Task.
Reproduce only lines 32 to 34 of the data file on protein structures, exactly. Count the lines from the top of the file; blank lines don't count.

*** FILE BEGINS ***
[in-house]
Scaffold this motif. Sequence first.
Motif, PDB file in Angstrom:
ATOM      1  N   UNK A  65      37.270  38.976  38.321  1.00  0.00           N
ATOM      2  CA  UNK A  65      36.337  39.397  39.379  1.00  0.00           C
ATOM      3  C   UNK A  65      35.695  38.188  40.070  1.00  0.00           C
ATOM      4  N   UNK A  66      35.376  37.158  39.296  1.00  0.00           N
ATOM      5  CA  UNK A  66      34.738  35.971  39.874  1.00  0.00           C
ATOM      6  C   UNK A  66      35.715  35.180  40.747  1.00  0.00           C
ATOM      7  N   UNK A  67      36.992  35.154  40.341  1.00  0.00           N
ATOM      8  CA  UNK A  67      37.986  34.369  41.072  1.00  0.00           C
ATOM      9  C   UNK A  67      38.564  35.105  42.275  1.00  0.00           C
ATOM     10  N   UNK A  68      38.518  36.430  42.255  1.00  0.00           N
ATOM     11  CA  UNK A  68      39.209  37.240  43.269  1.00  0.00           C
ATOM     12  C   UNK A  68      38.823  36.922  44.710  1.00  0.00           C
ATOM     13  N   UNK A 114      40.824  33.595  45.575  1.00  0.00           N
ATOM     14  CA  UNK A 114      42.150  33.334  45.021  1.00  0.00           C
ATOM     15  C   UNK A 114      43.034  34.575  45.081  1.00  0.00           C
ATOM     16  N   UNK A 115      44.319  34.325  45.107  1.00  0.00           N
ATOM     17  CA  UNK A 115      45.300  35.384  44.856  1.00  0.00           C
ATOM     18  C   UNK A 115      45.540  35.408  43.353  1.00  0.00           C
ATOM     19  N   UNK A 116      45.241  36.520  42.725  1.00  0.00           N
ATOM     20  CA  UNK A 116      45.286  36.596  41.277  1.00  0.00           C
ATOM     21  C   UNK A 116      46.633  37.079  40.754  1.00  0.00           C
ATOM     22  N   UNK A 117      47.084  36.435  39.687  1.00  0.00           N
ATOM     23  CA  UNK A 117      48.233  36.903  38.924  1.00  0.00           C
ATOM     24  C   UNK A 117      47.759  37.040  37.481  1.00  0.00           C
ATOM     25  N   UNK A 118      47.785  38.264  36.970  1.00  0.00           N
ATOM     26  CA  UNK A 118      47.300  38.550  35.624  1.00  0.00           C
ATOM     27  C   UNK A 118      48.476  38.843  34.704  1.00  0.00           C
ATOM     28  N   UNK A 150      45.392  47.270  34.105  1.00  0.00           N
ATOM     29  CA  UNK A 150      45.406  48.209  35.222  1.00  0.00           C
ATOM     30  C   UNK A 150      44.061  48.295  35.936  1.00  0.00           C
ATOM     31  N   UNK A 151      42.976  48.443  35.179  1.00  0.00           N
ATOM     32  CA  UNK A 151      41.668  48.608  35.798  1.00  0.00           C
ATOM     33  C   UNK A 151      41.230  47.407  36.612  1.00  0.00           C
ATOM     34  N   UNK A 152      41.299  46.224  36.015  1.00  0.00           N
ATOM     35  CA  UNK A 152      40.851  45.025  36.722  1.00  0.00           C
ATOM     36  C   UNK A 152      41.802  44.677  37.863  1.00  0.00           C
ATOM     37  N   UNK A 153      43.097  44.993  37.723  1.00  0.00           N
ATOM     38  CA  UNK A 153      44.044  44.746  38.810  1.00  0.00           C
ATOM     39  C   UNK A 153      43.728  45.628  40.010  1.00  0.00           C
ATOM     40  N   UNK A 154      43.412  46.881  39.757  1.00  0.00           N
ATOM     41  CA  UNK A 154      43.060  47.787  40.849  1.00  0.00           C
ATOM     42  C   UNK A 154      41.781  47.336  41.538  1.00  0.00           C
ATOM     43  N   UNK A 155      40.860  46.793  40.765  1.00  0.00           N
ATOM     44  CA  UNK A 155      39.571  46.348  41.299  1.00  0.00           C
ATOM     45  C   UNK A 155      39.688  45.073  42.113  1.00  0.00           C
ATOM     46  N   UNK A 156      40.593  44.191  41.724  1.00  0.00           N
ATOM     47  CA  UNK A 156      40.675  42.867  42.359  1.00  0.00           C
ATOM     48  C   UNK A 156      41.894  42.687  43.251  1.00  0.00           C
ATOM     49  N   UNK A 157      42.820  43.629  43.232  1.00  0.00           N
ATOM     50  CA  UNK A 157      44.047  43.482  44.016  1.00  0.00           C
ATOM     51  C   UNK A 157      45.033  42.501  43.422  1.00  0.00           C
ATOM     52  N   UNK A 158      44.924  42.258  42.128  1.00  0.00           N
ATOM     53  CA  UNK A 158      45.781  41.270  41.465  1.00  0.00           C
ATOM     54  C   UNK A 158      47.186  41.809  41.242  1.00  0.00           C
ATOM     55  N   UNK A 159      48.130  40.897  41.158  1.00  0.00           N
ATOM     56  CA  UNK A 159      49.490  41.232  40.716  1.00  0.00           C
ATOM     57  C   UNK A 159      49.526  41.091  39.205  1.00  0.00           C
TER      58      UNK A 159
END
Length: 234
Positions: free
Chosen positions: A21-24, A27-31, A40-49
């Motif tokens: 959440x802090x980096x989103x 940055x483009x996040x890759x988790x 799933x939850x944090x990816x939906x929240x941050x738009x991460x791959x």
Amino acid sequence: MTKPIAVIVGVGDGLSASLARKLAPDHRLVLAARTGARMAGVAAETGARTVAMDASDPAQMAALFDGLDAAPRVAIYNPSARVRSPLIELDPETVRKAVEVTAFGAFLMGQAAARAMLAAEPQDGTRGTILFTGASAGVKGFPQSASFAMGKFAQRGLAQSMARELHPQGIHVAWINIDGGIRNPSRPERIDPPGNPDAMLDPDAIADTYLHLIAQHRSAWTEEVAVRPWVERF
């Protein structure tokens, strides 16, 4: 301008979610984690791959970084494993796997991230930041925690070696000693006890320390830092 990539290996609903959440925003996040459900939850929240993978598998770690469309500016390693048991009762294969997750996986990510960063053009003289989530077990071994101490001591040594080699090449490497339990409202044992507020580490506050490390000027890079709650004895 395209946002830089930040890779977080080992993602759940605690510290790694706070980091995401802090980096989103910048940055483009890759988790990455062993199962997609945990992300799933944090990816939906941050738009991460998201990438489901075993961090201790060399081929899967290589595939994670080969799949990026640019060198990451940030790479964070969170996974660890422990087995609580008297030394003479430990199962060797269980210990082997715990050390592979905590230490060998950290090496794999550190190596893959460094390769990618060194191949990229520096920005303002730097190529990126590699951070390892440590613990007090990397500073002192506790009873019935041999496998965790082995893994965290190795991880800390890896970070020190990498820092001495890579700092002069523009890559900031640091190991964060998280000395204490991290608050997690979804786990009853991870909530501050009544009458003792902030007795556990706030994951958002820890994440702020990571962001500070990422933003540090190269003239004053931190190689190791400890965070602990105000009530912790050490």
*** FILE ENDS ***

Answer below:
ATOM     29  CA  UNK A 150      45.406  48.209  35.222  1.00  0.00           C
ATOM     30  C   UNK A 150      44.061  48.295  35.936  1.00  0.00           C
ATOM     31  N   UNK A 151      42.976  48.443  35.179  1.00  0.00           N